Breastfeeding Photo Shoot | Celebrate Breastfeeding Awareness | Military Families | JBMDL

Updated: May 30, 2019

NOTE: This was a private event that was neither sponsored nor sanctioned by JBMDL, the Department of Defense, or any branch of the Armed Forces.




Just in time for #WorldBreastfeedingWeek 2018, the United States can finally say that all 50 states protect a woman's right to breastfeed in public without being discriminated against. While these laws still need to be improved and American women need much more breastfeeding support, this is a huge step forward! While you can read my opinions on these laws over at Little Bear Lactation Blog, I do want to say how excited I am that we are supporting mothers to nurse freely.


Anyway, this exciting step forward is what inspired me to set these photos at the #JBMDL flag circle inside the McGuire gate. Each state and US Territory is represented here.



Two mothers nurse their newborns at Joint Base McGuire Dix Lakehurst


In celebration of #WorldBreastfeedingWeek and #BreastfeedingAwarenessMonth, I gathered some moms from Joint Base McGuire Dix Lakehurst to help raise money for Mom2MomGlobal, an international #breastfeedingsupport group for military families!


Military families often face unique circumstances that make breastfeeding especially challenging. Active Duty mothers, in particular, deal with a lot of challenges reaching their breastfeeding goals. The military is making strides in supporting these mothers. Each branch has special policies in place to protect Breastfeeding mothers. The Air Force, in particular, has very progressive policies to support mothers. You can learn more about support for Active Duty Breastfeeders at Breastfeeding In Combat Boots. Unfortunately, despite the amazing steps forward, many mothers still face disparities and dare I say, discrimination. Some of the personal stories that have been shared with me privately are heartbreaking. Thankfully, with advocacy and support we are moving forward and taking huge steps toward changing the atmosphere.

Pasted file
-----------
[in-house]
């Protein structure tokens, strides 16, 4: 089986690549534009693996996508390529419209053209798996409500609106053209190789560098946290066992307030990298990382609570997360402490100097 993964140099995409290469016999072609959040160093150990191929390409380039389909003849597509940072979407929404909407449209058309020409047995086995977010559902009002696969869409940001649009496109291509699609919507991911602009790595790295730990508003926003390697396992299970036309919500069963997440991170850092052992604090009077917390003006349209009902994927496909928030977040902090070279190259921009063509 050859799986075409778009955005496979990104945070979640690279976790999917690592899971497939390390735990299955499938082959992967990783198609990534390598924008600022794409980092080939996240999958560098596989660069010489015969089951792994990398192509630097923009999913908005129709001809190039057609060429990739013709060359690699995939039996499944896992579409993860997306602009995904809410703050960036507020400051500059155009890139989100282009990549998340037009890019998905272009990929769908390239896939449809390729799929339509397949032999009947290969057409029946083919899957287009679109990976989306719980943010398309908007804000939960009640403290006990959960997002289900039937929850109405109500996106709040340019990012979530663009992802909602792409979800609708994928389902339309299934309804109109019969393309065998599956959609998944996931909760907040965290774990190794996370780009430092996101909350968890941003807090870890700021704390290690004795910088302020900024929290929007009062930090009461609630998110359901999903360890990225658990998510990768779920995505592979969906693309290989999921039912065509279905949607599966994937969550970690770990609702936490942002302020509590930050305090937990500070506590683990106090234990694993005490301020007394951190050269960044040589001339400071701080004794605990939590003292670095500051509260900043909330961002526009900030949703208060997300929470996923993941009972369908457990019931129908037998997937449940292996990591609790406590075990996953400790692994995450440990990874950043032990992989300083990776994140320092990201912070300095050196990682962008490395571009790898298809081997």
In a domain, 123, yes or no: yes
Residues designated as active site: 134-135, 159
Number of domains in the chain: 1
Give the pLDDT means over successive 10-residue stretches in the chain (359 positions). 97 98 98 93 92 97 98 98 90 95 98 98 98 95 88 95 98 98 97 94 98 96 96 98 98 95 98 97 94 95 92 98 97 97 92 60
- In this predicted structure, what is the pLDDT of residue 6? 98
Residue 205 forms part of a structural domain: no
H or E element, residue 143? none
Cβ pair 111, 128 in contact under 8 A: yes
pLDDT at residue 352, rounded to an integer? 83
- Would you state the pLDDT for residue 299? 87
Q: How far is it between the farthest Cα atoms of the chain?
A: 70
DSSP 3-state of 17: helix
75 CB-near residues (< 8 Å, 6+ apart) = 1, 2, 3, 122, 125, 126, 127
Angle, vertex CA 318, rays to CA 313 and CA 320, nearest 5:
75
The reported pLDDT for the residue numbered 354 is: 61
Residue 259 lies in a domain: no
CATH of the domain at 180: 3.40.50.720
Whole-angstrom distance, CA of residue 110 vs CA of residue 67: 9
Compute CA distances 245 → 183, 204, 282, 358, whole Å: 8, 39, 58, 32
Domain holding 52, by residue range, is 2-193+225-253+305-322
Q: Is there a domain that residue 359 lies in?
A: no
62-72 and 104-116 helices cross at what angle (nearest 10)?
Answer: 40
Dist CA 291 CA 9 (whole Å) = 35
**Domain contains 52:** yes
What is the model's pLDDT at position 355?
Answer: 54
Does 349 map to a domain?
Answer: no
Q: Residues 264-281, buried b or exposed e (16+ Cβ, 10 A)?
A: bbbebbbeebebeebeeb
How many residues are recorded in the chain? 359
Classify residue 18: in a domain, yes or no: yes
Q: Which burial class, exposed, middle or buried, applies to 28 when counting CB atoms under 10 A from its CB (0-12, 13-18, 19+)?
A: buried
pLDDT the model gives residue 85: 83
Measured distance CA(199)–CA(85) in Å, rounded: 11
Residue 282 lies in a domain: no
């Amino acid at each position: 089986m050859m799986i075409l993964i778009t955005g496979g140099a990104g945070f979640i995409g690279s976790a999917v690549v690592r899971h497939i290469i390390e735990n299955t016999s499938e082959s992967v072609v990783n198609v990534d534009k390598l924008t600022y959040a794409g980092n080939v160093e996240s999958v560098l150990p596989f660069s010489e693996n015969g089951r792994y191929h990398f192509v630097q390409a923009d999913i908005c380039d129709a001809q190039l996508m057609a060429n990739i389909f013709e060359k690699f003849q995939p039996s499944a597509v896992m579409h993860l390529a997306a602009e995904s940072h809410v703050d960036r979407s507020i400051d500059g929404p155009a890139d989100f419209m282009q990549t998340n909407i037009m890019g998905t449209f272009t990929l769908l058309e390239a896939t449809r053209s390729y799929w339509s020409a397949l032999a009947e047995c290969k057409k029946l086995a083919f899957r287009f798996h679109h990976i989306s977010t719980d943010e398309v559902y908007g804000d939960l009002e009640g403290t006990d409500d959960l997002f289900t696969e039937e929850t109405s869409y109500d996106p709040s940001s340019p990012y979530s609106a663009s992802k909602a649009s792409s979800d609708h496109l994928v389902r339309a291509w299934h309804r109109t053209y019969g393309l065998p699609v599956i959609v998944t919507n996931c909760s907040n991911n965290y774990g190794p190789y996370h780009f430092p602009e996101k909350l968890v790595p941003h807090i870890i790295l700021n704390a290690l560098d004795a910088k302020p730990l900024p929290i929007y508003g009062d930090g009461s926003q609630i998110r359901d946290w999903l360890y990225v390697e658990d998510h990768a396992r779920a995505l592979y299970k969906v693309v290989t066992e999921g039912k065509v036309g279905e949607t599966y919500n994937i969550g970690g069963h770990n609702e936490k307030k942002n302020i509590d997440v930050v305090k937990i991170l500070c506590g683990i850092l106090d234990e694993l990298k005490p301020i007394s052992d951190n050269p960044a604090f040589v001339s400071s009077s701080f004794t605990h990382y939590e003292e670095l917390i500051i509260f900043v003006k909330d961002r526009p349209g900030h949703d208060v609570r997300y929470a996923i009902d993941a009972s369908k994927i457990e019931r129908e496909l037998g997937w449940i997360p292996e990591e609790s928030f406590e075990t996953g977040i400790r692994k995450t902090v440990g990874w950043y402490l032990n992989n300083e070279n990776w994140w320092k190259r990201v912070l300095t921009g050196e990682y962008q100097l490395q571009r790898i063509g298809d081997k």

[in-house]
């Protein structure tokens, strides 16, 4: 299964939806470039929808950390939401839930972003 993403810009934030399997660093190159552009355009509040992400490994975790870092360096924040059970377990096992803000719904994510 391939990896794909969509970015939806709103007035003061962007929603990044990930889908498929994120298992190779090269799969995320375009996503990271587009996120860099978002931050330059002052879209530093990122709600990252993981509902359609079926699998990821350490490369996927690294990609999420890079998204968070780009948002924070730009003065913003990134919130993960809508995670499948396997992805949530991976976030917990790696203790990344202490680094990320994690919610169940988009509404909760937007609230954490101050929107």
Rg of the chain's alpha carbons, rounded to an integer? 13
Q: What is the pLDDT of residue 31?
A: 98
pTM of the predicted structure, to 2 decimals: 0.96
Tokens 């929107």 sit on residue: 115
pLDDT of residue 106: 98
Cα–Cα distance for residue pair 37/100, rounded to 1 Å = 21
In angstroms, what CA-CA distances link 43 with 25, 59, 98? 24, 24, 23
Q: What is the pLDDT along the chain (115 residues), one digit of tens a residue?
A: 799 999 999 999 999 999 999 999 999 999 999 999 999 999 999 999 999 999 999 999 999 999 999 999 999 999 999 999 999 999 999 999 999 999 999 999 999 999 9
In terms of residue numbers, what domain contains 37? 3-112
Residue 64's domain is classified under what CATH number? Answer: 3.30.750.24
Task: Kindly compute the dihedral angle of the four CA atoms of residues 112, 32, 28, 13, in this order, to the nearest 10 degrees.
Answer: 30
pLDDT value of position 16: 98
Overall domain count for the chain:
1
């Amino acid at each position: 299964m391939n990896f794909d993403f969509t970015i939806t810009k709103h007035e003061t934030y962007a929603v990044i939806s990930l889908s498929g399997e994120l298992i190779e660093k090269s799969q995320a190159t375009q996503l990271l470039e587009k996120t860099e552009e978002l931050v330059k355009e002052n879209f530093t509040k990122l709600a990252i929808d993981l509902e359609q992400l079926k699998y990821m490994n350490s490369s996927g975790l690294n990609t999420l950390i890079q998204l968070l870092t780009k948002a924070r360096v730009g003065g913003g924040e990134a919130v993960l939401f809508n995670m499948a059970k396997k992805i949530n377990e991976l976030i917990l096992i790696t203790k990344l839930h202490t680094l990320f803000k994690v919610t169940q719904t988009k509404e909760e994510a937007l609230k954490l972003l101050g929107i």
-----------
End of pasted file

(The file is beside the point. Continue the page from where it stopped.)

Unfortunately, I did not have any Active Duty mothers participate in today's session, so I don't have any challenges or triumph stories to share with you.


Furthermore, Active Duty mothers aren't the only ones in the military community struggling with breastfeeding. Mothers who are civilian dependents also have unique circumstances... While many of these issues do apply to the general public, I have seen them amplified in military communities I have been a part of.



Nursing Toddlers... Toddler Nurslings... They're always so much fun!

1. Lack of Familial Support


Many families in the military are miles, states, or even a hemisphere away from their family and friends. They lack that intimate support network that can be so important for transitioning to motherhood, healing from birth, and establishing breastfeeding.


Additionally, some families welcome their baby while one parent is deployed or otherwise assigned away from the family. We all know how vital partner support is in reaching breastfeeding goals. Without her partner present, and depending on the rest of her support network, a mother may face some serious challenges in the early days with a newborn.


Military-affiliated mothers who face these circumstances but press on are the epitome of military family resilience.


2. Lack of Professional Support